Icelandic society changed rapidly and significantly in the 20th century.  The fishing industry began with the arrival of motorboats, fishing villages were established and urban areas increased in population. People moved from their farms in the countryside to the developing capital Reykjavík. Dogs often followed their owners to their new homes. At this time, farming was still practiced in Reykjavík and the dogs that came from the countryside mixed with the dogs that were already there. As a result, there was a great increase in stray dogs running loose in the streets of Reykjavík and caused trouble and impurities. By 1910, the dog population in Reykjavík had become very large and actions to combat hydatid disease had not yet reached success. These were the two factors contributing to the dog ban in Reykjavík. In order to respond to the situation, Regulation No. 124 from October 26, 1910, was put in place regarding restrictions on dog keeping in Reykjavik.  The regulation specified the obligation of dog owners to mark their dogs with a special Reykjavik brand. Those dogs that did not bear such a brand or were considered stray dogs, dogs that were not visited within three days of being advertised, were declared outlawed and should be killed.  On the other hand, the regulation provided for annual dog deworming and that tapeworm cysts should be buried in the ground. When these measures proved unsuccessful, suggestions were introduced to grant authorities to restrict or prohibit dogs in towns in 1924. The suggestions were approved and law No. 8/1924 was passed to ban dogs in towns and urban areas. Based on this new law, a regulation on dog keeping in Reykjavík was introduced. It stated that no one in Reykjavík was allowed to have a dog unless he had a permit for a working dog. Each dog could be killed unless a permission had been granted for him or he was accompanied by someone from outside Reykjavík. The police had to enforce the ban and hundreds of dogs were killed in Reykjavik after the dog ban was put into place. Most of the dogs were put down in 1948 or 170 dogs. In 1953, 64 dogs were put down and at least 70 dogs in 1954. No mercy was shown to illegal dogs and they were taken and shot. Source: [Vísir](https://timarit.is/page/1180763#page/n11/mode/2up) In 1968, all farming and livestock handling in Reykjavík was banned, thus ending the era of the working dogs. Around the same time, discussions began about the future of the Icelandic Sheepdog, as people believed that the breed was on the brink of extinction. Calls for official participation in the form of subsidies for breeding and saving the Icelandic sheep dog were made. In 1969, two organizations were founded for the benefit of dog lovers and owners: the Dog Friends Association and the Icelandic Kennel Club (HRFÍ). The goal of the organizations was to fight for legal dog keeping in the city, but the main goal of HRFÍ was to protect the Icelandic Sheepdog breed through careful and organized breeding. The establishment of the organisations had a great impact in how the discussion about dogs and dog keeping in Reykjavík developed. The years 1983 and 1984 marked a turning point in the fight against the dog ban and its support by the government.  Two things should be mentioned in this context.  On the one hand, there was an incident in Reykjavík when two dogs were put down on the spot without a trial or law in 1983. See article in [Morgunblaðið](https://timarit.is/page/1580725#page/n47/mode/2up). On the other hand, it was the case of Finance Minister Albert Guðmundsson. Journalist Rafn Jónsson sued Albert for illegal dog keeping after publicly describing Albert's dog-keeping on television. Rafn argued that the public had to accept laws while the upper class kept their dogs untouched. Albert was opposed to the dog ban from the beginning and considered the dog-keeping laws outdated and unjust. After Albert had been sued, he declared that he would rather leave the country than let his bitch Lucy go. The case received a lot of attention both [domestically](https://timarit.is/page/4029413#page/n3/mode/2up) and [abroad](https://timarit.is/page/2235862#page/n0/mode/2up). The case of Albert led the administration of Reykjavík to have to find a solution to the problem. Sixty years after the dog ban was introduced to Reykjavík it was lifted in 1984 with the Decree on Dog keeping in Reykjavik No. 385/1984. Dog keeping was still banned, but an exemption could be applied for. It wasn't until 2007, however, that the dog ban was completely lifted and the exemption from the ban was changed to a permit.  Finally, it is worth mentioning that the current Icelandic laws give local authorities a lot of autonomy when it comes to dog keeping. For example, the Decree on Dog keeping in Akureyri from 2011 states that "Dog keeping is prohibited in Grímsey and dogs may neither reside there nor visit." Grimsey is an island, 40 km off the north coast of Iceland, part of the municipality of Akureyri since 2009. This post only skims the surface of a rather large matter, but I tried to summarize the most important points.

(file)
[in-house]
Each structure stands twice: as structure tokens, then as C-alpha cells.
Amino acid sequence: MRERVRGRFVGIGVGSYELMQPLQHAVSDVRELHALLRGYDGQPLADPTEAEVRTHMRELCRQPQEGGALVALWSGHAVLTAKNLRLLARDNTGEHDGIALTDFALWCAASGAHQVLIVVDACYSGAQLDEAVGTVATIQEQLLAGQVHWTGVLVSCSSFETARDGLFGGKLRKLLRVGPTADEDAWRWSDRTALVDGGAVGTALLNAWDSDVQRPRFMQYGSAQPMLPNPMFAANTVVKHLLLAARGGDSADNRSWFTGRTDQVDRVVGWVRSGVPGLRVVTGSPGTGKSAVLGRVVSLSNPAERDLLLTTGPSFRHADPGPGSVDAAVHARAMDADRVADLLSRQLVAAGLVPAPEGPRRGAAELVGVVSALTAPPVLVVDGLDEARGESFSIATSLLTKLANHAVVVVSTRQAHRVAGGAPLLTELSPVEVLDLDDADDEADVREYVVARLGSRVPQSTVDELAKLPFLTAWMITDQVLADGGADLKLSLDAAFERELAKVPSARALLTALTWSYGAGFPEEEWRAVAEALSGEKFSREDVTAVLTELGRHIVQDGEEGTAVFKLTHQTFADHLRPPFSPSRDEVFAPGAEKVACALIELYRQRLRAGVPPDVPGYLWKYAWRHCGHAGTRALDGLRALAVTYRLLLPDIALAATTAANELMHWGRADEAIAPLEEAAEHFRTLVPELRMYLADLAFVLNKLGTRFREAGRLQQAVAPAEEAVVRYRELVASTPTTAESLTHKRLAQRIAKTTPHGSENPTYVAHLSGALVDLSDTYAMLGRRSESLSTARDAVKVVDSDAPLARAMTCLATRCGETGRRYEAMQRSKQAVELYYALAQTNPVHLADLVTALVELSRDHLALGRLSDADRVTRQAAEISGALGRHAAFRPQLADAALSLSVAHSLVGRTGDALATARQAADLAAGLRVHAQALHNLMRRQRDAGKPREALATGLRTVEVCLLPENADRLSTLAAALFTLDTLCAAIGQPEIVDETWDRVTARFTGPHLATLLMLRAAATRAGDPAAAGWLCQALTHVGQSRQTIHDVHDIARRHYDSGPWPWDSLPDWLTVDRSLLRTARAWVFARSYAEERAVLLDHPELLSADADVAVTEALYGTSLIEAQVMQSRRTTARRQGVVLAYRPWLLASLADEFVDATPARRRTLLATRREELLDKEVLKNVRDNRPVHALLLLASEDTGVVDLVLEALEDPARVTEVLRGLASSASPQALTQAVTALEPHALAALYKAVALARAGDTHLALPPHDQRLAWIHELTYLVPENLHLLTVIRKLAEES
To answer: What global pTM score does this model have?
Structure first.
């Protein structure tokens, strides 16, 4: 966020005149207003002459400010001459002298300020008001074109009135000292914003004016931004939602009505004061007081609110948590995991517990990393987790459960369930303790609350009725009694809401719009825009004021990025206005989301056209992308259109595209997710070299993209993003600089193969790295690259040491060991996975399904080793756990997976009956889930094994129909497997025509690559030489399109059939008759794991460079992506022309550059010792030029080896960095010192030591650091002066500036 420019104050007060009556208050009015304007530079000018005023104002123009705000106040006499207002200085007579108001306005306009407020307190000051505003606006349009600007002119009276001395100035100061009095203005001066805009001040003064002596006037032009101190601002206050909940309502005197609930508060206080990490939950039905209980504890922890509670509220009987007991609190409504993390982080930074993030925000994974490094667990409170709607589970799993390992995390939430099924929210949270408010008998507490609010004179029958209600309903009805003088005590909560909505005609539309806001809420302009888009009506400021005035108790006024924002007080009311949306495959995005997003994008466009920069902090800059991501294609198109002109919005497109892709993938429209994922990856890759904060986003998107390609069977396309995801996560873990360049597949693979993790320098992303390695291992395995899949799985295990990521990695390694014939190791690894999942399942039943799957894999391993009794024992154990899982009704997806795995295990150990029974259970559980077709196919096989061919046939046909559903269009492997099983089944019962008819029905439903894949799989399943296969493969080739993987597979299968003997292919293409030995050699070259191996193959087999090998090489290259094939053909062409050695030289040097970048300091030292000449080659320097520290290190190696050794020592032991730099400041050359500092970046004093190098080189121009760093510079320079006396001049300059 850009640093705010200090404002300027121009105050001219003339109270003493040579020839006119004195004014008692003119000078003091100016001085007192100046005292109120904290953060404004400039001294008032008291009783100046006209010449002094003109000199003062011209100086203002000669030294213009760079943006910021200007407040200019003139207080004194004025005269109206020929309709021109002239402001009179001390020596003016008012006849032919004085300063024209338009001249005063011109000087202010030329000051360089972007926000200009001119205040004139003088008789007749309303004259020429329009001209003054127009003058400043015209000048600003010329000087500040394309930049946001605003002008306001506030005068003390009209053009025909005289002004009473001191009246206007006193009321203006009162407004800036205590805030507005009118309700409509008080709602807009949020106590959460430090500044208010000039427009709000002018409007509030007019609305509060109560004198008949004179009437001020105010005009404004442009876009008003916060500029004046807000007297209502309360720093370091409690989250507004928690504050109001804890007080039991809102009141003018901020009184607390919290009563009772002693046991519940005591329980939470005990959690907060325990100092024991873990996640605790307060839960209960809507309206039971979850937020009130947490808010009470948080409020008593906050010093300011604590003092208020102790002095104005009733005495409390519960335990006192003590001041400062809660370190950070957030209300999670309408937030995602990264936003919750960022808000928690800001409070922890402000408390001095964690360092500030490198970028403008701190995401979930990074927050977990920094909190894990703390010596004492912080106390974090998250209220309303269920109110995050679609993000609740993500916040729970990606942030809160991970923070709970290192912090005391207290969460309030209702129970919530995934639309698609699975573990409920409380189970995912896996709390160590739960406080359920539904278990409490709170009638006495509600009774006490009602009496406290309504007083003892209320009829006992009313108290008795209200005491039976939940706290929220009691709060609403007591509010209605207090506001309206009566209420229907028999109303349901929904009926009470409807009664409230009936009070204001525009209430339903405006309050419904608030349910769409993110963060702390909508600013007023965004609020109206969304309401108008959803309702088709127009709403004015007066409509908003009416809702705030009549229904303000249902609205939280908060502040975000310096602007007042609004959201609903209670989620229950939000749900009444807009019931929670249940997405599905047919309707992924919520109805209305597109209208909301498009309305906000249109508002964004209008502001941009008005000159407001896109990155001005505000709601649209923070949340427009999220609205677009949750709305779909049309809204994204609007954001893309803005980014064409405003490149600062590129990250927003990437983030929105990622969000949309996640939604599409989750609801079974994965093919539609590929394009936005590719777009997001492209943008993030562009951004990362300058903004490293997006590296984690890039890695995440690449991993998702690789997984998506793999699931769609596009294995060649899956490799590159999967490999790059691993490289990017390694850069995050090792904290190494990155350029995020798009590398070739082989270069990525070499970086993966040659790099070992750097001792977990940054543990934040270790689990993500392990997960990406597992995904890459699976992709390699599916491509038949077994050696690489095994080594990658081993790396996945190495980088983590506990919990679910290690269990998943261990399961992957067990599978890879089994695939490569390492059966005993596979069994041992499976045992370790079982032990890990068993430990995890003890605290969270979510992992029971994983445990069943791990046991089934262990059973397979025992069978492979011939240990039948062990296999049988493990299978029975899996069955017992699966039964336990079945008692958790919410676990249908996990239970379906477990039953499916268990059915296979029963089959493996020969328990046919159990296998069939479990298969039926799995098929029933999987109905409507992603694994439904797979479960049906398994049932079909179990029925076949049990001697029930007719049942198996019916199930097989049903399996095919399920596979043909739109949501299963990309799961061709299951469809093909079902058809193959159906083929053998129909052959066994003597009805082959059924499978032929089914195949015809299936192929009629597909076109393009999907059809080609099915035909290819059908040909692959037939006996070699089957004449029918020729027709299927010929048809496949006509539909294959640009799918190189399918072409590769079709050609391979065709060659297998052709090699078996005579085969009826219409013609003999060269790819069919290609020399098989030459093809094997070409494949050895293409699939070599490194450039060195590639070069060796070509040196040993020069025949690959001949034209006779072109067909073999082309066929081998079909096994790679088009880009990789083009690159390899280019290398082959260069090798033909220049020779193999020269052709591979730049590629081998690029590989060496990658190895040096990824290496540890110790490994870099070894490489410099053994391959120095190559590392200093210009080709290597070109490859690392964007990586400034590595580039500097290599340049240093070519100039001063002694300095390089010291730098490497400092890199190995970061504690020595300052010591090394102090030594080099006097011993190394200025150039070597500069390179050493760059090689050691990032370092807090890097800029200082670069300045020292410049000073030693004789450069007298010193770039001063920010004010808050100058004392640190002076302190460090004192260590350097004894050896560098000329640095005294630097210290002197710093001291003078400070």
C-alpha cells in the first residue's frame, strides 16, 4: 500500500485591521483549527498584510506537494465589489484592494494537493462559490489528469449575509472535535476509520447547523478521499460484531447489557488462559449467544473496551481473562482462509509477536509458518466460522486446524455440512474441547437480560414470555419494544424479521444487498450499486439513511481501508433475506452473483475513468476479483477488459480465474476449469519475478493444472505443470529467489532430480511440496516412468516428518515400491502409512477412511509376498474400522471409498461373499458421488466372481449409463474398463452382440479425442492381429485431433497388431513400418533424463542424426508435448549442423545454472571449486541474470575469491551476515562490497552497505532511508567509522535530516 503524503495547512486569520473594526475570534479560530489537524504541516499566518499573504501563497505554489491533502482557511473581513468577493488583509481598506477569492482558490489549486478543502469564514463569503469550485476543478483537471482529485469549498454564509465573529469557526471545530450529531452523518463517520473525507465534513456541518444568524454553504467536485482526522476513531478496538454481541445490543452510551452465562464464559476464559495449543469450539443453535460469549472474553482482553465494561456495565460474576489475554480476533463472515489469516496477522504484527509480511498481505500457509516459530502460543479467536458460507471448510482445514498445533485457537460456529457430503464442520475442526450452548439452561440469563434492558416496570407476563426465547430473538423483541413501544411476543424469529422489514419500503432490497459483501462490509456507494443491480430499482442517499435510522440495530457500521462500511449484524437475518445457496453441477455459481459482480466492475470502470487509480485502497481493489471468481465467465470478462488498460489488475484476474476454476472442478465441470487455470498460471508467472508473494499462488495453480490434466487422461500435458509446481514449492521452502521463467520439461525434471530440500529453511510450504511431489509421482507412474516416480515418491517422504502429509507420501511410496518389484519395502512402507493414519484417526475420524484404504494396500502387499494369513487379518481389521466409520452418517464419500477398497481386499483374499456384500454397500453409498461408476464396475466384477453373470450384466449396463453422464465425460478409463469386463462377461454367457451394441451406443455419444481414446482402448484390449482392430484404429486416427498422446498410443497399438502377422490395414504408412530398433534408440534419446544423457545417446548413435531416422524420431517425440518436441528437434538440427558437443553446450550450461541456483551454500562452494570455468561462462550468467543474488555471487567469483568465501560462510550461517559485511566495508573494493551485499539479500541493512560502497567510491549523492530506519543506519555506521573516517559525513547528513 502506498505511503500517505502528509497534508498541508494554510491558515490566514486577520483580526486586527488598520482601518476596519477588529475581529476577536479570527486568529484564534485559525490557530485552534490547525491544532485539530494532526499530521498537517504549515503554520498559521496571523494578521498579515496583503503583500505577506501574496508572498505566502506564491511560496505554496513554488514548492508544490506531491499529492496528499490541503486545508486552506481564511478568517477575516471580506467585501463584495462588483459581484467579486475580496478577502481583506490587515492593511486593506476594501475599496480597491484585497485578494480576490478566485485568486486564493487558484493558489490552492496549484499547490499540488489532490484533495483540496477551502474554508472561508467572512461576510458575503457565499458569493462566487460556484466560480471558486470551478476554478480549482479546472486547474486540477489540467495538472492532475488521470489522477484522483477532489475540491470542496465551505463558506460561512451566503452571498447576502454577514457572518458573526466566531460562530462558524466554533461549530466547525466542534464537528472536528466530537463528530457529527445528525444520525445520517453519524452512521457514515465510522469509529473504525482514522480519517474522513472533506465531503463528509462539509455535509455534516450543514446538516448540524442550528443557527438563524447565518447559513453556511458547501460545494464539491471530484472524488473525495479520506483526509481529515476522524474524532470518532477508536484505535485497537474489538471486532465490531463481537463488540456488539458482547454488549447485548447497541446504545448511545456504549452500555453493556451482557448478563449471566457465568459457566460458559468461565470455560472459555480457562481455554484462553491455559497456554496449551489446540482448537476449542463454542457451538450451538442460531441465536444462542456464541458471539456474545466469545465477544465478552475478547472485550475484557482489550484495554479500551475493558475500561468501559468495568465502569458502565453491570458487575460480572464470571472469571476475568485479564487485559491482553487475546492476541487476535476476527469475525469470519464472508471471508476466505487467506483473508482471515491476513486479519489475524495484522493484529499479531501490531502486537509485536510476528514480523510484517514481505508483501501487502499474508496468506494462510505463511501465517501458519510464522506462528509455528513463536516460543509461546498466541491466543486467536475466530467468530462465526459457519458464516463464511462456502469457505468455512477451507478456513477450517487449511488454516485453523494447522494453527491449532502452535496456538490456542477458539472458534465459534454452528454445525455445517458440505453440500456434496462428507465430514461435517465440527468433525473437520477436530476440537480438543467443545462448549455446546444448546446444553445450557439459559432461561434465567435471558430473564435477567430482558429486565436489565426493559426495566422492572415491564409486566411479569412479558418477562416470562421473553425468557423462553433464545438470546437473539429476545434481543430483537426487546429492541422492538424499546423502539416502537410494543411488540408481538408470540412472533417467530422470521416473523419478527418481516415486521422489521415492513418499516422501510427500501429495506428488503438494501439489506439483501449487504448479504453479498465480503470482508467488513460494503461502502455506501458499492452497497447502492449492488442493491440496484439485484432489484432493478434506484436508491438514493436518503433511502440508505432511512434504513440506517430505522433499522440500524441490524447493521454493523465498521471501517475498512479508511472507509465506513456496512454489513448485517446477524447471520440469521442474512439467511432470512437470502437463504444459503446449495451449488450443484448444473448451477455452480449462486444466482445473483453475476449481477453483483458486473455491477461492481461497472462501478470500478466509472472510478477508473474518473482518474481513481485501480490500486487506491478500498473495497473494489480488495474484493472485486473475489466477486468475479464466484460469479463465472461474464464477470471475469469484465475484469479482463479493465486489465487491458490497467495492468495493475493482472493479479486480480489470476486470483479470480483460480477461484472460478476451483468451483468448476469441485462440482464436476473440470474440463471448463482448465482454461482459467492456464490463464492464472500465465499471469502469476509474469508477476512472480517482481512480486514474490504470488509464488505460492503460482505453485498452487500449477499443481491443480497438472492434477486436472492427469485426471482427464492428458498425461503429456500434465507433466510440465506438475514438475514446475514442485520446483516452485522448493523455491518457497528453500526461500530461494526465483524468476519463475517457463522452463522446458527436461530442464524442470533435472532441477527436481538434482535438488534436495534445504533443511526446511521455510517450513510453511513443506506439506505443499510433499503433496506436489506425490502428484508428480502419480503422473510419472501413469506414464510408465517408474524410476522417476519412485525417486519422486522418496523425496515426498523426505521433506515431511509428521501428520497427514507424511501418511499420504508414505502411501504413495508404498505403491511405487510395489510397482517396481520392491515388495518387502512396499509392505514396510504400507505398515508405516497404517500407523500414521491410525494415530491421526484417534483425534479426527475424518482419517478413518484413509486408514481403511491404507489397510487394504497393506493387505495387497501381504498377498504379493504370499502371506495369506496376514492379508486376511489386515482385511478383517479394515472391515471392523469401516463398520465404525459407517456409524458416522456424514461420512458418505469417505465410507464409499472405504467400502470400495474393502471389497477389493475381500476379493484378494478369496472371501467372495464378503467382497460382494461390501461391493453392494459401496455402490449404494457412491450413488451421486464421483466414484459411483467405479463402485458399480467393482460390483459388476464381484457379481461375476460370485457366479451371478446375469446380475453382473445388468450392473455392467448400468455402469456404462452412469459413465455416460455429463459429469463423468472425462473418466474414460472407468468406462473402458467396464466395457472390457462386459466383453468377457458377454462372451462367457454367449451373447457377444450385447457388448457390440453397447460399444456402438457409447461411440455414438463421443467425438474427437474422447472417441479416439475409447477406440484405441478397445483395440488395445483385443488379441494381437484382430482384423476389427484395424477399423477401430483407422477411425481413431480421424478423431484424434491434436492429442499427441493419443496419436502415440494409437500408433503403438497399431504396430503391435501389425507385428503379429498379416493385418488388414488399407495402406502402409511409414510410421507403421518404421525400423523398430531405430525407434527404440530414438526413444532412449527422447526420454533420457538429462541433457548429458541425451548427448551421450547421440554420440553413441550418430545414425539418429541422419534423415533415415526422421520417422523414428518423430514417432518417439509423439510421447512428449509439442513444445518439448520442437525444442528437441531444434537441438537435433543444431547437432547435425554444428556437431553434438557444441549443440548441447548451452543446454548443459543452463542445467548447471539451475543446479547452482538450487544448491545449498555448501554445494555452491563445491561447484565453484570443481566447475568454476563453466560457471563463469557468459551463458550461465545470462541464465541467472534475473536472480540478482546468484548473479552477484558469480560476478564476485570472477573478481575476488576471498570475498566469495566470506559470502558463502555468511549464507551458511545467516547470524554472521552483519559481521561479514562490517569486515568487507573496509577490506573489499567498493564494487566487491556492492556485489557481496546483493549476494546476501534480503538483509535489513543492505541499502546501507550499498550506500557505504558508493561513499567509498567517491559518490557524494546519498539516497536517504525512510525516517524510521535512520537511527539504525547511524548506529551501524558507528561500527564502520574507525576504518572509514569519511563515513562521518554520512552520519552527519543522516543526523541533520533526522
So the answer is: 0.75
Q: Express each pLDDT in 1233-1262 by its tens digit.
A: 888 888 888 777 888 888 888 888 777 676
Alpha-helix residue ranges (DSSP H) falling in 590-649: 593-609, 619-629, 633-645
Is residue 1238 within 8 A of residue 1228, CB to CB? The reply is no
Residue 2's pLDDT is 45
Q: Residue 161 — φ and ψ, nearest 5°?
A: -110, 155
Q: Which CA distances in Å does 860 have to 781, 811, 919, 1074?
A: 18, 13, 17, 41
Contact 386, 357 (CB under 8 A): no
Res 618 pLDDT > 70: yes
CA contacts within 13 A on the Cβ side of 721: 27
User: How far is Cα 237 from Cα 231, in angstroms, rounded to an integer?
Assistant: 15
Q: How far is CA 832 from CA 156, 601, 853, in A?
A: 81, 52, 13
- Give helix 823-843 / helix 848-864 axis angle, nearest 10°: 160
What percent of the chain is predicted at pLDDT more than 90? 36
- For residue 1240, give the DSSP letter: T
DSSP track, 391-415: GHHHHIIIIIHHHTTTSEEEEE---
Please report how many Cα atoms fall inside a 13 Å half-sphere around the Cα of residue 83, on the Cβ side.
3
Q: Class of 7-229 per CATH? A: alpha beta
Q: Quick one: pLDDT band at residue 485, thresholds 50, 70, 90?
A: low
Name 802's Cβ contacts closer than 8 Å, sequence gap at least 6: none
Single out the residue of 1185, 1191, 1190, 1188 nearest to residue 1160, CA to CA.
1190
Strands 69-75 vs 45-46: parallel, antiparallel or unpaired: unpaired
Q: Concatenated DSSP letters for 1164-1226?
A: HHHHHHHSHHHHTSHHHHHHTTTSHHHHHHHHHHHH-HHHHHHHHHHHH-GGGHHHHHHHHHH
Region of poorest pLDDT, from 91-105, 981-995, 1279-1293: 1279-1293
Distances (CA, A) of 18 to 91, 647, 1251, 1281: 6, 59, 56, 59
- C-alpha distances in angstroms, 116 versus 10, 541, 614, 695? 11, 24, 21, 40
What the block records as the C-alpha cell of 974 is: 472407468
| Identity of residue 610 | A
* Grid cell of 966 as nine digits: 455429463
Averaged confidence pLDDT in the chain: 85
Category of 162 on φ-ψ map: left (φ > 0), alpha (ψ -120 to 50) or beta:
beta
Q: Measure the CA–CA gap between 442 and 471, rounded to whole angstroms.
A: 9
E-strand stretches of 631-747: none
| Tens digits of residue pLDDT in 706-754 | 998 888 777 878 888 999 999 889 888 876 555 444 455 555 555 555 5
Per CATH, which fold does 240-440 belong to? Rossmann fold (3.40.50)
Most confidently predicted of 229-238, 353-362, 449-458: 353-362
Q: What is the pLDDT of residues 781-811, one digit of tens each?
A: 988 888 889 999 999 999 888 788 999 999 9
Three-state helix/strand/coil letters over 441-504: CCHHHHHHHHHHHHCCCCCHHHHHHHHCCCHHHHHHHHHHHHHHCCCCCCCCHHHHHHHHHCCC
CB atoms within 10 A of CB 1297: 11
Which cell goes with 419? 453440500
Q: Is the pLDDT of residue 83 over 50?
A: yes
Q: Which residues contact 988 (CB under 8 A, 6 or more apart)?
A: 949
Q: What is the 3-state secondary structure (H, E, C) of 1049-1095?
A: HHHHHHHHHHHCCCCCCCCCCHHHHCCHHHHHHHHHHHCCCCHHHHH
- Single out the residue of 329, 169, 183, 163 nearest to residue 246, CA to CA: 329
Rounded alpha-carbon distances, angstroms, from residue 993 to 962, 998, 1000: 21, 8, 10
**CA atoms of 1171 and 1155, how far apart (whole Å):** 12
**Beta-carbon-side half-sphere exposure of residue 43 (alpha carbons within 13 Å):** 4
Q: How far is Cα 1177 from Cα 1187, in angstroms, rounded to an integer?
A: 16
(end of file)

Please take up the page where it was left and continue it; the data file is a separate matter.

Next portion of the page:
Hydatid disease and deworming